Alan Naiman Seattle Social Worker Patched Shoes With Duct Tape, Left $11M

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Alan Naiman Seattle Social Worker Patched Shoes With Duct Tape, Left $11M.

Washington state social worker Alan Naiman was known for a thriftiness that veered into comical, but even those closest to him had no inkling of the fortune he quietly amassed and the last act that he had long planned.

Naiman died of cancer this year at age 63, leaving most of a surprising $US11 million ($A9.65 million) estate to children’s charities that help the poor, sick, disabled and abandoned.

The amount baffled the beneficiaries and his best friends, who are lauding Naiman as the anniversary of his death approaches in January.

That’s because the Seattle man patched up his shoes with duct tape, sought deals at the grocery store deli at closing time and took his best friends out to lunch at fast-food joints.

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Naiman, who died unmarried and childless, loved kids but also was intensely private, scrimping, investing and working extra jobs to stockpile money that he rarely spent on himself after seeing how unfair life could be for the most vulnerable children, his friends say.

They believe a lifelong devotion to his older brother who had a developmental disability influenced Naiman. The brother died in 2013, the same year Naiman splurged on a modestly priced sports car.

“Growing up as a kid with an older, disabled brother kind of coloured the way he looked at things,” close friend Susan Madsen said.

A former banker, Naiman worked the past two decades at the state Department of Social and Health Services, handling after-hours calls.

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He earned $US67,234 and also took on side gigs, sometimes working as many as three jobs. He saved and invested enough to make millions of dollars and also inherited millions from his parents, said friend Shashi Karan.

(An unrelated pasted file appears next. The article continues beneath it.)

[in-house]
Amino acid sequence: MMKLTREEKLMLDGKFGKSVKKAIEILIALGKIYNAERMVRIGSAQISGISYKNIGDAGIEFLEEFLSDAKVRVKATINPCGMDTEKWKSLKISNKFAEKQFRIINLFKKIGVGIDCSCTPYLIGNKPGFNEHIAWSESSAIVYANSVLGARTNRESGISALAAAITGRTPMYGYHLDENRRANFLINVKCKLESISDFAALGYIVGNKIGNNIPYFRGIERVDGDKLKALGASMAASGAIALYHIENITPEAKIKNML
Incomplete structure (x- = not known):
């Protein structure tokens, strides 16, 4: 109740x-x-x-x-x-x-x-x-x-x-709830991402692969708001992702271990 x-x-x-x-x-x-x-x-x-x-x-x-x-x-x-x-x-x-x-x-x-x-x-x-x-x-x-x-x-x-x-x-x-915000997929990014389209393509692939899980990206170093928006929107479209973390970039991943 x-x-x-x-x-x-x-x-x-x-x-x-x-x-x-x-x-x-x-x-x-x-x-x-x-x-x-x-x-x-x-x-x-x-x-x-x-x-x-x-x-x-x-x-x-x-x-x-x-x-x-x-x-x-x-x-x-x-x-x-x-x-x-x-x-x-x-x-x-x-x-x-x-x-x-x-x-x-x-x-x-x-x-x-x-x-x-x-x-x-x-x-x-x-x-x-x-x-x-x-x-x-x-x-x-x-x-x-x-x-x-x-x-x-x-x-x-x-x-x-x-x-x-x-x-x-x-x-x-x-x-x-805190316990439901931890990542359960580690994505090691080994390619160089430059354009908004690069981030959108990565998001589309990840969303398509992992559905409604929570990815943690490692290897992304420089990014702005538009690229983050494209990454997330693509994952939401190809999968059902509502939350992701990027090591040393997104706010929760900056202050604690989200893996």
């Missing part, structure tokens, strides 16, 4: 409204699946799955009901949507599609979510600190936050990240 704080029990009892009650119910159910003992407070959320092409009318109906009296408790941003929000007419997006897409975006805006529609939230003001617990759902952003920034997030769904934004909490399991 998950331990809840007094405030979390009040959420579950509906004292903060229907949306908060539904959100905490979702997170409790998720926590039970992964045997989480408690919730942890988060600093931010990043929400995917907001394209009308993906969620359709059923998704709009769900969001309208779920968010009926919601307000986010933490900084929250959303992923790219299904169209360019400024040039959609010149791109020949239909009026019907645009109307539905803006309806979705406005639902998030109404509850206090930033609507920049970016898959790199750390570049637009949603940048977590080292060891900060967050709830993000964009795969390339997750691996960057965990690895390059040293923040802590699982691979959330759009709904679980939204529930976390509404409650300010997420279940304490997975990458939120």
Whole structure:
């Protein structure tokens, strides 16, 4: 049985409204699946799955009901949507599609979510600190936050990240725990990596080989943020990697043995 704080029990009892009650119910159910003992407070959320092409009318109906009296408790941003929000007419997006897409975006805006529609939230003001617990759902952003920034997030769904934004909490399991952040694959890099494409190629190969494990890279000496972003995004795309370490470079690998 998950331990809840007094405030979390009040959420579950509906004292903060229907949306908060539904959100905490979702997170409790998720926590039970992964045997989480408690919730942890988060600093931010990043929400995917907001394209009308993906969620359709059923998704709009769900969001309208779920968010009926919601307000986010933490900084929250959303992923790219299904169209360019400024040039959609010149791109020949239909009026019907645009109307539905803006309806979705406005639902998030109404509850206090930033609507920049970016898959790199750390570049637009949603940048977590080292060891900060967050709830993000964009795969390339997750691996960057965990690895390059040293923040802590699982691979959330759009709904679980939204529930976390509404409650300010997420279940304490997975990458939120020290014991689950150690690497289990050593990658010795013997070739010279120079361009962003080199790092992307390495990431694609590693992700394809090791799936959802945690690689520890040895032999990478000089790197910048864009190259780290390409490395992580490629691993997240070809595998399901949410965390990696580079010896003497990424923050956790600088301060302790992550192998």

Naiman loved cars, but for the most of his life he drove beat-up vehicles, friends say.

Naiman left $US2.5 million to the Pediatric Interim Care Centre, a private organisation in Washington state that cares for babies born to mothers who abused drugs and helps the children wean off their dependence.

The group used some of what was its largest donation ever to pay off a mortgage and buy a new vehicle to transport the 200 babies it accepts from hospitals each year.

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Naiman had called the centre about a newborn while working for the state more than a decade ago, and its founder, Barbara Drennen, showed up in the middle of the night to get the baby.

“We would never dream that something like this would happen to us. I wish very much that I could have met him. I would have loved to have had him see the babies he’s protecting,” Drennen said.

Naiman also gave $US900,000 to the Treehouse foster care organisation.

“The frugality that he lived through, that he committed to in his life, was for this,” said Jessica Ross, Treehouse’s chief development officer. “It’s really a gift to all of us to see that pure demonstration of philanthropy and love.”

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